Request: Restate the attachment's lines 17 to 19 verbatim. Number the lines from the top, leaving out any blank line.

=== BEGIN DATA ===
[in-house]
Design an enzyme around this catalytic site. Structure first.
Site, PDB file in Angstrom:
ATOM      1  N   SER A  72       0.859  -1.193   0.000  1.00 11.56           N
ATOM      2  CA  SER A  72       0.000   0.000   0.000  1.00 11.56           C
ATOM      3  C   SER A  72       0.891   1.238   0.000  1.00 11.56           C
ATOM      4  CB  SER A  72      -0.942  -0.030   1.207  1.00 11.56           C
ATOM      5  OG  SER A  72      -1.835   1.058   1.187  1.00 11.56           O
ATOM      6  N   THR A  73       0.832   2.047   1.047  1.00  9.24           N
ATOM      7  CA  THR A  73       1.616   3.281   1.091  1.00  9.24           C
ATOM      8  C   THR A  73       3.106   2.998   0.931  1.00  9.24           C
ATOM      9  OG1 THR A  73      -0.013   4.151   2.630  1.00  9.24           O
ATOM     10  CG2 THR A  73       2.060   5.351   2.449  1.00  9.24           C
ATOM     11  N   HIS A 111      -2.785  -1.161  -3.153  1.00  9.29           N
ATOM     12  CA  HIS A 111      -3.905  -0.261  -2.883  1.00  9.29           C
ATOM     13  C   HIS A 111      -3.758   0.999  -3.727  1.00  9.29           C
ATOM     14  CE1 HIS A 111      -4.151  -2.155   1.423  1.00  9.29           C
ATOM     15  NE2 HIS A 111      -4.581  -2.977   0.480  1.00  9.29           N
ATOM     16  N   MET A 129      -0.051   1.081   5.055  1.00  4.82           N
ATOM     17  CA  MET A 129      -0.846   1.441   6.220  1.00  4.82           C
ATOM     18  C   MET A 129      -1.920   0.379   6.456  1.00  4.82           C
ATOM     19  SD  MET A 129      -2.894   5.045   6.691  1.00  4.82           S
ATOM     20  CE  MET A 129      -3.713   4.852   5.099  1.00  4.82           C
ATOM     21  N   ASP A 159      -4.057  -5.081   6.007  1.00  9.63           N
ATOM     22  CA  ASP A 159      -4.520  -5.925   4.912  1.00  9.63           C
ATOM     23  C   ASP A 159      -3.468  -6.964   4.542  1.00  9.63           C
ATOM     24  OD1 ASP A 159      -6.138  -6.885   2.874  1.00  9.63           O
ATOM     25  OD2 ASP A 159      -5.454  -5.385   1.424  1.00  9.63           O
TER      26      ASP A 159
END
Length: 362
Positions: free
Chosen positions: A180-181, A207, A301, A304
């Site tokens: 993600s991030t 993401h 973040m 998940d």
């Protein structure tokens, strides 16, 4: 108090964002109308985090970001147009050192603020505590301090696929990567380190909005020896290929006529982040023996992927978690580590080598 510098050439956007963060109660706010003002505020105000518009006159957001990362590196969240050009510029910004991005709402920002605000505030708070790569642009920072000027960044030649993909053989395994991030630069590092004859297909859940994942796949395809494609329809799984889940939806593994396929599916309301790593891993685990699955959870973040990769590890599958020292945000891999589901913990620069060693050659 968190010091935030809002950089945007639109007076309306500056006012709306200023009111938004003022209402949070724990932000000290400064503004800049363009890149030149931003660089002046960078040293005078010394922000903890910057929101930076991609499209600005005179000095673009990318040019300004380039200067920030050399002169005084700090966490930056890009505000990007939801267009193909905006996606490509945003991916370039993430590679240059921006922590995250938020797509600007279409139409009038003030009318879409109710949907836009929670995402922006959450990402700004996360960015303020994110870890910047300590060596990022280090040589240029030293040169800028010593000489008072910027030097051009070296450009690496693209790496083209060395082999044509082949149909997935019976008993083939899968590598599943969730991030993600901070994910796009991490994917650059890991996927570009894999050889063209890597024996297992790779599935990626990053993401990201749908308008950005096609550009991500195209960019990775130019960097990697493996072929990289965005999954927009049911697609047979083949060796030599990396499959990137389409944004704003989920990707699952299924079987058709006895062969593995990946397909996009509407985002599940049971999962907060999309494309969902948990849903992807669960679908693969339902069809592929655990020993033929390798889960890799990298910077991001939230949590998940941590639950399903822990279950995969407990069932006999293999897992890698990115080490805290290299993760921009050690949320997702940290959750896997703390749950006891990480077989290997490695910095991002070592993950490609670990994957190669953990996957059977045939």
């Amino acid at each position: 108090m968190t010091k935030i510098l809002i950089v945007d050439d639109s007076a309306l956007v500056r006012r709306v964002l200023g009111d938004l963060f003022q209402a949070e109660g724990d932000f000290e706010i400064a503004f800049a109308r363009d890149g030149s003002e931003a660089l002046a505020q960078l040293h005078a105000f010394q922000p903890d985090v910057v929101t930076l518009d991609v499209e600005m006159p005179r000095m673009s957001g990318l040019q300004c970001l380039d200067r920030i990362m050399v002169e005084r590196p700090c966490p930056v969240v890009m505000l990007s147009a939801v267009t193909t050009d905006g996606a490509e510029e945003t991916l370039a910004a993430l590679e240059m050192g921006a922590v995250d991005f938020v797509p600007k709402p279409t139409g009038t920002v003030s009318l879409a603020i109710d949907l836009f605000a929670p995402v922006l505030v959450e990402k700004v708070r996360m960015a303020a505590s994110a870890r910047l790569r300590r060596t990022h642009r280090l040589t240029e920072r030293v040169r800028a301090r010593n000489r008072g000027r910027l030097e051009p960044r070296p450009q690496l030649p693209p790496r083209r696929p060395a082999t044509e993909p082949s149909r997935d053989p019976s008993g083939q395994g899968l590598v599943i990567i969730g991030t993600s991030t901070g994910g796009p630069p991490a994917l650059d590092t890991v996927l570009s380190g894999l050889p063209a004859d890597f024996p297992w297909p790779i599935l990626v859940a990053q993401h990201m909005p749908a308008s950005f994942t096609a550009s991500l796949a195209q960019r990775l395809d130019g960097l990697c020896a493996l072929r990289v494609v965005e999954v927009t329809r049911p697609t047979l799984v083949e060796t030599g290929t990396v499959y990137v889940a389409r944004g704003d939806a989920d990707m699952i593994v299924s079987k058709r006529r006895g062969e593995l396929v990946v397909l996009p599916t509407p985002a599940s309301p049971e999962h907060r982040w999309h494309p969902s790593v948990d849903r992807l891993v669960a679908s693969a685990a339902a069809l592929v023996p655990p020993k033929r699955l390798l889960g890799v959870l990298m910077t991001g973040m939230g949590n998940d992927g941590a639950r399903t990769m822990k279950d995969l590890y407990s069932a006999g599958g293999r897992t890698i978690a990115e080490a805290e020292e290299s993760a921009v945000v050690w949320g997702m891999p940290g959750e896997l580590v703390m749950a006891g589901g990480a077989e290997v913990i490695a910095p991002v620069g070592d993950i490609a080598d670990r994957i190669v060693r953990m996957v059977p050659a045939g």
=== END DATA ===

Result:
ATOM     14  CE1 HIS A 111      -4.151  -2.155   1.423  1.00  9.29           C
ATOM     15  NE2 HIS A 111      -4.581  -2.977   0.480  1.00  9.29           N
ATOM     16  N   MET A 129      -0.051   1.081   5.055  1.00  4.82           N